Devotional Essentials, Part 2

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Devotionals come in many shapes and sizes. By “devotional,” we might mean a single piece of writing, somewhere in the range of 200 to 1,000 words. Or we might mean an entire collection of such readings, perhaps in 30-, 40-, 60-, 90-, or 365-day packages. These details vary, but I suggest that the “devotional essentials” fall within the TEST described in my last blog post. Today, we’ll discuss the Topic and Example of an effective devotional; next time, we’ll wrap up with the Segue and Takeaway.

Topic: There are two ways to arrive at your topic: choose it yourself or have someone else choose it for you. That may not seem profound, but it is reality.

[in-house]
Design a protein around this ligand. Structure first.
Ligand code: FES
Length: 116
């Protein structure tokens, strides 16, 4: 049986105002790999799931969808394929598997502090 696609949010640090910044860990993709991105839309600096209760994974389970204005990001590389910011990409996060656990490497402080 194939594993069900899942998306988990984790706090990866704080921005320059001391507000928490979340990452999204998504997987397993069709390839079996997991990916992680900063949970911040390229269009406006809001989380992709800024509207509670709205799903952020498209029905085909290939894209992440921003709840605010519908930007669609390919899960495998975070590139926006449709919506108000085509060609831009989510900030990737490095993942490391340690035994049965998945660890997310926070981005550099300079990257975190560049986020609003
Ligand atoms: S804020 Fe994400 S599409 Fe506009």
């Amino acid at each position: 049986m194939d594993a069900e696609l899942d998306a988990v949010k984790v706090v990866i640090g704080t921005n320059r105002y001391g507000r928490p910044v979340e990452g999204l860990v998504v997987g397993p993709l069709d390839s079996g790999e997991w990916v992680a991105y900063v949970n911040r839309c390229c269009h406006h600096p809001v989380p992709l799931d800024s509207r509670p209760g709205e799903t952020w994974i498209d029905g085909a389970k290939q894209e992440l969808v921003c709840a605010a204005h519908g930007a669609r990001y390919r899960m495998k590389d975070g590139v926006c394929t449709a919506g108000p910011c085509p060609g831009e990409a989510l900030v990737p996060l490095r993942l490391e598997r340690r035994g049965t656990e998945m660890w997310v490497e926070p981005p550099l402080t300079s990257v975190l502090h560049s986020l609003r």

If you want to contribute entries to anyone else’s devotional project, you’ll write to their topic—or if not a specific topic, to the general themes and style of the organization. Maybe a book publisher is planning a devotional for mothers of special needs children. Maybe a church denomination wants adventure-themed devotions for its men’s magazine. Maybe your pastor is looking for devotions to go with his preaching series on family finance. If you’re chosen to submit entries in a case like this, part of your work is already done.

If you’re writing your own devotional, you have limitless opportunities for topics—though not necessarily limitless opportunities for readership. Sure, you could write devotionals that draw their points from thrash metal music, but you probably won’t find a huge audience. Whether you publish traditionally, self-publish, or distribute your readings in other venues, you can address whatever topic is near and dear to your heart or whatever topic will help and encourage large numbers of readers. Ideally, both.